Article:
4 Top Tips To Help Beginner Runners

While it can seem intimidating at first, running is a fantastic way to stay fit, improve your mood and spend time outdoors. With September upon us, the high heat of the Okanagan summer is behind us, and the promise of cooler autumnal weather makes the thought of jogging on the KVR a joy.

While this all sounds very idyllic, newer runners can often find themselves injured, fatigued and disheartened when the going is a little harder than they thought it would be when they first started their new hobby, and may even be forced to stop running. While unfortunately this undoubtedly happens, with a little preparation and help from the right people, you can leave your aforementioned problems in the dust and meet your running goals. Read on to learn 4 tips that new runners shouldn’t miss!

1 – Don’t overdo it when you start

I get it; you’ve started running, and now you want to do a Forest Gump and just keep going. While this may sound like a good idea at the time, it unfortunately is a great way to get injured and burnt out. Running is a very physically demanding sport, both physically and metabolically, and it can place a lot of strain on your body.

Our bodies all have the capacity to increase the distance we can run, but they have to first adapt to running to realize this capacity. What this means is that we need to gradually increase the distance and duration we are running to avoid injury and burnout.

Almost all running injuries arise from increasing how much you are running too quickly (this also applies for experienced and even professional runners – if they take a few months off running and then return to their pre-break distances, they have a high chance of getting injured). If you build up gradually, you are much less likely to become injured, and your body will adapt to the activity better.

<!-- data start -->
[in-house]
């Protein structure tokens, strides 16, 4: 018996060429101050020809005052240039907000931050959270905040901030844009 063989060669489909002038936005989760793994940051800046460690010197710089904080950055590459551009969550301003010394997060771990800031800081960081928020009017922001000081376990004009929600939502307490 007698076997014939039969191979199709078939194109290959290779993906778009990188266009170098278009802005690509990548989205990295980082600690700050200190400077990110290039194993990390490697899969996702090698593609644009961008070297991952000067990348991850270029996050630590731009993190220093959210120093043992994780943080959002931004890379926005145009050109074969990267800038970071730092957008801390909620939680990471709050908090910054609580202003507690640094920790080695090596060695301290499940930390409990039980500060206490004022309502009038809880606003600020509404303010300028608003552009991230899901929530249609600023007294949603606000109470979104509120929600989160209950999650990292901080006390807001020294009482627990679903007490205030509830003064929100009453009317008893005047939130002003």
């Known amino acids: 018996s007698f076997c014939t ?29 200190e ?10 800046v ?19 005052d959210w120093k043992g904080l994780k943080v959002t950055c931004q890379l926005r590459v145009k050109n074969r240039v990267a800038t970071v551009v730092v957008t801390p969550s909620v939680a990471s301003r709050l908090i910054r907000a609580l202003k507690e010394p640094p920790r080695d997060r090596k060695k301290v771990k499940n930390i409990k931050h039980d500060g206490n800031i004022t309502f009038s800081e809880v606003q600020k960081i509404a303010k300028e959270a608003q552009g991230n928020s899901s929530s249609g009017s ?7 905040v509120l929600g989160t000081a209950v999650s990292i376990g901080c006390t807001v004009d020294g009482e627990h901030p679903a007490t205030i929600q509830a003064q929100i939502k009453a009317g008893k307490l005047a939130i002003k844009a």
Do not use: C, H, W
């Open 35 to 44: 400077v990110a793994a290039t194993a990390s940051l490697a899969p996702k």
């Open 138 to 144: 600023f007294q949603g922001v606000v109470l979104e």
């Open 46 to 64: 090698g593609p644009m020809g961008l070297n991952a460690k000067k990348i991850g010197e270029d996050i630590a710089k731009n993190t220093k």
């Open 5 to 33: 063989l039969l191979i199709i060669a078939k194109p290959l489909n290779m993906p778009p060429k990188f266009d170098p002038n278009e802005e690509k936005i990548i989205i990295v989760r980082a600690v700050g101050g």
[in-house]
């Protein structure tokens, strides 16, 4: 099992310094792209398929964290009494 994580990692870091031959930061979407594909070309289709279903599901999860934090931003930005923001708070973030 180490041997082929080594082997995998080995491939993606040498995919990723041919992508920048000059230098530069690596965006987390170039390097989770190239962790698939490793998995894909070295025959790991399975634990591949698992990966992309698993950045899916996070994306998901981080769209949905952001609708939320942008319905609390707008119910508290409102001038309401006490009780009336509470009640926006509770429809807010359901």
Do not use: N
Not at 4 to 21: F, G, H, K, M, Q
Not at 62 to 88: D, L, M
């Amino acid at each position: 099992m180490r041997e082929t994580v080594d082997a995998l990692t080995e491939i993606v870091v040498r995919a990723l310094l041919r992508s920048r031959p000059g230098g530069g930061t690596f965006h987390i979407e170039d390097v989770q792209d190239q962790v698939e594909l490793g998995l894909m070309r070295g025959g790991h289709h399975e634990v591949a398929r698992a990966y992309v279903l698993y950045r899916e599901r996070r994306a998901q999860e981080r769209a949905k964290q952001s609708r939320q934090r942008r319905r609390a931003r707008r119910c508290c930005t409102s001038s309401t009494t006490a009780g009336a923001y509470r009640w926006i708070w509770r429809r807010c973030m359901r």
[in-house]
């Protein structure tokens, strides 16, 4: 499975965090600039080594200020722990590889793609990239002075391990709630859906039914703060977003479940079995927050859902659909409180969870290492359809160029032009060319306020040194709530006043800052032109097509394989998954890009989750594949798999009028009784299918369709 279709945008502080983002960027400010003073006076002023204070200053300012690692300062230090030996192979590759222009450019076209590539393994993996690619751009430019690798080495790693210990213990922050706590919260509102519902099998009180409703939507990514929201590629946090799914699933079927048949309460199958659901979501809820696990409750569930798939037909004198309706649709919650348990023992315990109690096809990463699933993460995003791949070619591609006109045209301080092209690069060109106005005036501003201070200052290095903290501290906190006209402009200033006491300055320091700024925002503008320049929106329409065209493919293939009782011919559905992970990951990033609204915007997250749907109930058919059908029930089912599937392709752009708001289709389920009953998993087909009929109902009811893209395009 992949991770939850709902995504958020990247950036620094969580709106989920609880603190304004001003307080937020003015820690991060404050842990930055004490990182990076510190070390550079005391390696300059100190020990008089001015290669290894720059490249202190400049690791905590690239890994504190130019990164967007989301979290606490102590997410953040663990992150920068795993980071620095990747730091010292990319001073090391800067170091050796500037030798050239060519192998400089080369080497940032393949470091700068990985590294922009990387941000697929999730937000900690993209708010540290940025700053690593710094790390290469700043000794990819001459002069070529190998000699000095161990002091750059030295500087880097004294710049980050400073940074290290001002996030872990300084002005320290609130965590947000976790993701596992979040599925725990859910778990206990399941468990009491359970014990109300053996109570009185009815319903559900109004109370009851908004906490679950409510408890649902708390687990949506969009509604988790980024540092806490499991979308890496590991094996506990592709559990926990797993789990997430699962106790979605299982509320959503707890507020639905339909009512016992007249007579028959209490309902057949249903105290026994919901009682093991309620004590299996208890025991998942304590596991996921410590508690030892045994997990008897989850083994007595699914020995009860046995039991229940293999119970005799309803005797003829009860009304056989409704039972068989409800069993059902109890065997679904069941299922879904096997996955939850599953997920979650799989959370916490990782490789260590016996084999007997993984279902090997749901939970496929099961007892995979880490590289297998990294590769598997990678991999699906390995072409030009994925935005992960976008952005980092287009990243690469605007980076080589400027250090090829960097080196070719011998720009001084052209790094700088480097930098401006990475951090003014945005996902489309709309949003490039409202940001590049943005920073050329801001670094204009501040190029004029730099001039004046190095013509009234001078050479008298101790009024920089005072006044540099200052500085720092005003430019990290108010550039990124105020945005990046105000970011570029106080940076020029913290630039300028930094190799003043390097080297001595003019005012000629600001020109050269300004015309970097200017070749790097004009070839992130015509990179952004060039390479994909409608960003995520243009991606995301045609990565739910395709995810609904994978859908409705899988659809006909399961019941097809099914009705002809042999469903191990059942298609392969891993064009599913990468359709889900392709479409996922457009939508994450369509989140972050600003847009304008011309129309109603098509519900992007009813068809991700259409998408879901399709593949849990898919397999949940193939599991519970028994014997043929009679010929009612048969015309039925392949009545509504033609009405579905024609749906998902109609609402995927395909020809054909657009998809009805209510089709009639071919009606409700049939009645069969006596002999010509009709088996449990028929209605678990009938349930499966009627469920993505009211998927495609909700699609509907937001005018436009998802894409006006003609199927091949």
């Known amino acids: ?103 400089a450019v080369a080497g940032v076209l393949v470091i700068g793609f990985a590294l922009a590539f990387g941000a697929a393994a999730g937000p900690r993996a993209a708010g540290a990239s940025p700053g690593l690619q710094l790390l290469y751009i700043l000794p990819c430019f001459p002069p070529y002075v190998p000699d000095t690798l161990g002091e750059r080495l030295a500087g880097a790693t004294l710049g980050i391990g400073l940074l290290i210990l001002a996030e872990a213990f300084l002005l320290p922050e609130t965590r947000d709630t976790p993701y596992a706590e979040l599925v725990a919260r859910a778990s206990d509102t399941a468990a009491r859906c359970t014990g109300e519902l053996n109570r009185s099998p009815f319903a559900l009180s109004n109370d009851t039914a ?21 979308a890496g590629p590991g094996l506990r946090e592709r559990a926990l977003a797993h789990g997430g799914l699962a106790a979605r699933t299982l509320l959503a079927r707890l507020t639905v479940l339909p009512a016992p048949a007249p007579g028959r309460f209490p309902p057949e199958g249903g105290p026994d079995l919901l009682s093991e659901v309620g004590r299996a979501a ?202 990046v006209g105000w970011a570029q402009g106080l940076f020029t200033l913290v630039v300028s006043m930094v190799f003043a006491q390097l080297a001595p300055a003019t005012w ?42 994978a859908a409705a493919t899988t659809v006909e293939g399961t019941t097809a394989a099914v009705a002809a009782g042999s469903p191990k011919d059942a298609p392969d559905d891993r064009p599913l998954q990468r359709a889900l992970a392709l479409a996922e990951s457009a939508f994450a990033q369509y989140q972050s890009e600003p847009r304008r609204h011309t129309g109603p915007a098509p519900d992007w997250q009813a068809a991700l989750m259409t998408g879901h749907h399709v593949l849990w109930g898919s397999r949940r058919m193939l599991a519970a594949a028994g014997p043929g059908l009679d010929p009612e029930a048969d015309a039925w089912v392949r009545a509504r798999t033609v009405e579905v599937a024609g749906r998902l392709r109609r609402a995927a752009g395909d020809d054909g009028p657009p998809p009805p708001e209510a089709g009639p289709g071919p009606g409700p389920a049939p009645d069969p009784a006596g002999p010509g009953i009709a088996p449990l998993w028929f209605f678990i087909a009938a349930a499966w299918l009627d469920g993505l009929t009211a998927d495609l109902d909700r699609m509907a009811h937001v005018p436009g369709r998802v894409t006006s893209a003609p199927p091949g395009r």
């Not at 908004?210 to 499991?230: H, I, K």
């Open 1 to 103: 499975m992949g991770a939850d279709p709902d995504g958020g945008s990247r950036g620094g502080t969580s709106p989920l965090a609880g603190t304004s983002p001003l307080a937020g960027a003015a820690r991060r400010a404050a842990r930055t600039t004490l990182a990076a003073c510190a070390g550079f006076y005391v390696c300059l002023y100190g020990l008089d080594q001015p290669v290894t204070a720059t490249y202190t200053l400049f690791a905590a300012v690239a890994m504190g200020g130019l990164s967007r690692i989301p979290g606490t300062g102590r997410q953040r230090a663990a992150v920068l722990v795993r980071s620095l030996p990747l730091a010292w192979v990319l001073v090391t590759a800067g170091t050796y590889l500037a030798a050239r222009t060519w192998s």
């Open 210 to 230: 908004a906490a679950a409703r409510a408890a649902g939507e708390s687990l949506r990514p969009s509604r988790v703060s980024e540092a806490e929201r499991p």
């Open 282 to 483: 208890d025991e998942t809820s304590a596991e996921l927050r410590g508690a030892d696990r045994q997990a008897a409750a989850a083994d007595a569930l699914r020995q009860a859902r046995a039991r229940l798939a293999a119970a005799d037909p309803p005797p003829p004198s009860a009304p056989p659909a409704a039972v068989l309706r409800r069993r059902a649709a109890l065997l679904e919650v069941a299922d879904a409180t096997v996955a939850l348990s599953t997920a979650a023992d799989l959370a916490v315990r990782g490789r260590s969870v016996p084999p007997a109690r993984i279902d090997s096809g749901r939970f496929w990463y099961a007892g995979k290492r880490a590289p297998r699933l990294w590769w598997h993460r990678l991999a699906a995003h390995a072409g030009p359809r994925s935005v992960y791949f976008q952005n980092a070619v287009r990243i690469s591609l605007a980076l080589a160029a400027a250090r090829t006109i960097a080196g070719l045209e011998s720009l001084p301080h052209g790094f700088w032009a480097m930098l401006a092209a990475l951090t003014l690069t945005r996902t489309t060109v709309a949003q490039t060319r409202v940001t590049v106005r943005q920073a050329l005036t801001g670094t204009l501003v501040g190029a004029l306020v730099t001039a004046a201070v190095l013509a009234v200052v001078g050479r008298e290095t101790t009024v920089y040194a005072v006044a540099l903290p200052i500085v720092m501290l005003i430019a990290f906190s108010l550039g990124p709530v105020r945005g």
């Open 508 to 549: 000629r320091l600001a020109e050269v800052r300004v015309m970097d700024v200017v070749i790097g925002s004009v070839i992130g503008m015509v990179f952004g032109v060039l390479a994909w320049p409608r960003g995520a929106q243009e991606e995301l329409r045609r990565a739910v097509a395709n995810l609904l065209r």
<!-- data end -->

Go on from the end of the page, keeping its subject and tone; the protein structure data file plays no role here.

2- Create a training plan – and stick to it

Like most aspects of life, if you have a plan for something, it generally will go better. Running is no different. There is an almost infinite amount of running training plans out there, and it is easy to get lost in the mix.

Generally speaking, pick one plan and stick with it. For totally novice runners, the run-walk method may work well for you – run for 10-30 seconds, and then walk for 1-2 minutes for the duration of your run. If that is too easy, try running for 1-5 minutes, and then walk for 1-2 minutes – you can increase the time running as you progress, but you always will walk for short periods at set intervals to give your body a rest. This technique can be used all the way through to running marathons!!

3- Cross training is great for runners

The typical runners mentality is to run, run and run. I can put my hand up to falling into this trap. Unfortunately, if you only run and don’t do any other kind of cross training, you are more likely to become injured and you may not develop the strength in your legs and core to help reach your running goals.

If you are on a running plan, try and make one of your weekly work outs a cross-training session – this could be riding a bike, going for a swim, or having a gym workout. By doing so, you will be giving your body a break from the constant impact it has to endure during running, while helping to improve your cardio and strength. Doing a weekly leg-workout will help you to both improve your running ability, but help reduce the chance of getting injured.

4 – Get a running assessment

The way that you run, otherwise known as your running form, is one of the most important things to consider for both new and experienced runners. This is because an improper running form can lead to you wasting energy, increasing the impact to your knees and hips, and having a higher chance of injuring yourself.

Our therapists are able to assess your running form on a treadmill in our clinic and help you improve it. They are also able to advise you about other aspects of your running, such as advice on appropriate footwear, and provide hands-on treatment, as needed. Be sure to call our clinic at 250-493-1152 to book in with one of our therapists who can help get you on track with your running!

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